It is easy to imagine that this series would end up doing nothing but paying homage to the original films. But the great thing about this show isn’t really the nostalgia trips (and there are some), but it is actually the quality of the story being told. Daniel is not the star of Cobra Kai, but then again neither is Johnny.  There are a number of powerful compelling characters in this show. These characters and their stories are what make Cobra Kai such a pleasure to watch. It’s like you’re watching a brand new television show, but you already know the last few decades of backstory.

Again, I can’t stress this enough, the attention to the various characters is the best thing about this series. You get to know the character of Johnny Lawrence in a whole new light. You get to experience the story of Karate Kid from his perspective. You find out that he’s not just the “bad seed” portrayed in the original film. In fact, nearly every main character in the show gets this treatment. By the time you’re halfway through the series you have no idea who’s side you’re on anymore. But you can’t wait see what happens next. All of this makes Cobra Kai some of the best television I’ve seen in a long time. It’s funny, inspiring, and worthy of your attention.

Target Audience: This is a show that actually aimed for general audiences. It’s a must-watch for fans of the original Karate Kid films, but anyone who enjoys a good story will find something to like about Cobra Kai. 80’s nerds and retro-fans will be in for the ride of their lives with this.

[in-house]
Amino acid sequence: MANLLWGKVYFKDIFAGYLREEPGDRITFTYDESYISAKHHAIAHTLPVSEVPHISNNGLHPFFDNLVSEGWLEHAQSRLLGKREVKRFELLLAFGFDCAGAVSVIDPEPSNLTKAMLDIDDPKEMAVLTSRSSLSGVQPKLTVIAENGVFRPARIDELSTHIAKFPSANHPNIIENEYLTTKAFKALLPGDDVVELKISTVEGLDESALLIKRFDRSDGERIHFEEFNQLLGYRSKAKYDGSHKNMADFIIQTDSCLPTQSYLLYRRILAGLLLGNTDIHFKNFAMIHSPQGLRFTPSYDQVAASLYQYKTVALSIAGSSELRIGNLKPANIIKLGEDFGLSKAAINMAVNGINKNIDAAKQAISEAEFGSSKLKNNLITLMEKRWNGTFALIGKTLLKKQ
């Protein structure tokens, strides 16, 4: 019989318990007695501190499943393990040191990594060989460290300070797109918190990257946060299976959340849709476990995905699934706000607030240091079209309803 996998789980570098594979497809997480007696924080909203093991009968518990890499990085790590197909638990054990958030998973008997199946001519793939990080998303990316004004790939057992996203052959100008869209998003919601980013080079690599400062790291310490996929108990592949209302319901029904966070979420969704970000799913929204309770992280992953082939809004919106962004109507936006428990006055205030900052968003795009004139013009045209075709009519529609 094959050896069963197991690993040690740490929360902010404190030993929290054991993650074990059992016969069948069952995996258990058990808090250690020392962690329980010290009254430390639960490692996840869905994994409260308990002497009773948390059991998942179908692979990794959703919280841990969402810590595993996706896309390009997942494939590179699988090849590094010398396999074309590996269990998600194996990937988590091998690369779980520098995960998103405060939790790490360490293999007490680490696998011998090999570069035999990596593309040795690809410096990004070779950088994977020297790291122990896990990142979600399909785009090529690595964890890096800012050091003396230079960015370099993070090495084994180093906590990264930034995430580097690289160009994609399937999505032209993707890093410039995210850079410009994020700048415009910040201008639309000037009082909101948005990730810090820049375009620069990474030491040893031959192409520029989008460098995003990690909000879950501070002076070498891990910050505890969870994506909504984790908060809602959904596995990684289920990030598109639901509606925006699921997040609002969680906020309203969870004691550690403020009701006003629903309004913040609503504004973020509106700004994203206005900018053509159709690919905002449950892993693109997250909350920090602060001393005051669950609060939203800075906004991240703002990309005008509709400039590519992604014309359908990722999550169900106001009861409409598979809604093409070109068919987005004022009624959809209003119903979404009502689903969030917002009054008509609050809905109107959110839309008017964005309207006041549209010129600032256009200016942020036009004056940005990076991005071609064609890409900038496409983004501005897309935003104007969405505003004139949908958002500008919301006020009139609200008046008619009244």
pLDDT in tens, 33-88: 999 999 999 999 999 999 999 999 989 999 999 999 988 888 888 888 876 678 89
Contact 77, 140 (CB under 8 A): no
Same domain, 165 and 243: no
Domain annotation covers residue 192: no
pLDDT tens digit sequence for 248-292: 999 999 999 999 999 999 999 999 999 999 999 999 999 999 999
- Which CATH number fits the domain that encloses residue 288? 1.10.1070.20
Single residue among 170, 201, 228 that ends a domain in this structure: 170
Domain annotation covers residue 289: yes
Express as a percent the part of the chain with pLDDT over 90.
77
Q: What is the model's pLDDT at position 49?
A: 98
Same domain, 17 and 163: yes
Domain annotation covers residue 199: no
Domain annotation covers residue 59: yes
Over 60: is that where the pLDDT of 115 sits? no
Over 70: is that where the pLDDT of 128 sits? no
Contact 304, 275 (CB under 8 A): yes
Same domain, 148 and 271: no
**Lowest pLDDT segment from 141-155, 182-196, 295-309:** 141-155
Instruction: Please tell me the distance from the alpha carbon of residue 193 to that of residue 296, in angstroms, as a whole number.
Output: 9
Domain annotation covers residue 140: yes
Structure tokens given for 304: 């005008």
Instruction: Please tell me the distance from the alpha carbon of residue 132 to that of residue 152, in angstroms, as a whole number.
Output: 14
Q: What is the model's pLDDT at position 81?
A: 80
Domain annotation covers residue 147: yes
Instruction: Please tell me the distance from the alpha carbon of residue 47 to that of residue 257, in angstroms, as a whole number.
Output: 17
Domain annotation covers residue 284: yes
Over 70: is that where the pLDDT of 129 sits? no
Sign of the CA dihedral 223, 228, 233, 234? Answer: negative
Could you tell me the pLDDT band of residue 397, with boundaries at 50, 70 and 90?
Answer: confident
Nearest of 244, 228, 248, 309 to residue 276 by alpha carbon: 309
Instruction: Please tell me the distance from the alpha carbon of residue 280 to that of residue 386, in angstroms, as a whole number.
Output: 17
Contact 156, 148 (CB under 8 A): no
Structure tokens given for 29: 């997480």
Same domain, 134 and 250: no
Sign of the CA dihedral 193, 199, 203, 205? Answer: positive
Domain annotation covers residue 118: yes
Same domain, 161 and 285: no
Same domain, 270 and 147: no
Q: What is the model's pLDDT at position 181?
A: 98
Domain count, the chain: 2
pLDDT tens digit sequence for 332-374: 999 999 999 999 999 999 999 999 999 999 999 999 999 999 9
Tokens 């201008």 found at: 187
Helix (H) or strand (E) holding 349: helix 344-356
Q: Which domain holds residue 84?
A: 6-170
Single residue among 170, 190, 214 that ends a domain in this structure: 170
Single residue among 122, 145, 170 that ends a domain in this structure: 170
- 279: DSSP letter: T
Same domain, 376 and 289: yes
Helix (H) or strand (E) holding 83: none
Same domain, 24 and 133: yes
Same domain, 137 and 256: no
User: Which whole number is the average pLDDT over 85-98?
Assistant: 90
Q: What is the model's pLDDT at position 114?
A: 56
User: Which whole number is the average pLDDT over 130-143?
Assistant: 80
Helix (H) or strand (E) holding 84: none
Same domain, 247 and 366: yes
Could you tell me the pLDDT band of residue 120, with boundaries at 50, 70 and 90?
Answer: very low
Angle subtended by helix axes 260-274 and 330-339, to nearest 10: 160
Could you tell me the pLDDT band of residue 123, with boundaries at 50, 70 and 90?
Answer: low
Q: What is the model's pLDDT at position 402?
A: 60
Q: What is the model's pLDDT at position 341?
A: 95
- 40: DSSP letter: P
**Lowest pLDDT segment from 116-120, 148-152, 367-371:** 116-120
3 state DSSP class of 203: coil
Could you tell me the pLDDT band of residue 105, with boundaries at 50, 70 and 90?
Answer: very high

Mature Content: YES – Language, mature humor, sexual references, contact violence.

Number of Episodes: 10

YouTube Red Exclusive?:  YES

Score (1 out of 4): 4

 

It Came From Netflix: Final Fantasy XIV – Dad of Light

Welcome to the very first “It Came From Netflix…” post! If you’re not sure what this is all about, you can read my announcement here: “It Came From Netflix…” – In my first review for this new feature, I will be discussing an interesting Japanese drama; Final Fantasy XIV – Dad of Light.  Since Final Fantasy games are a big part of this site, I thought this show would make a perfect segue into this new series of articles.

Netflix has recently introduced a number of foreign films and television shows. Dad of Light is one of them. Now, let me state of up front that this show does not chronicle the events of a particular Final Fantasy game, nor does it feature characters from the series. Instead, it’s a show about the game. More specifically, it’s a story about a father and son who bond through the online world of Final Fantasy XIV.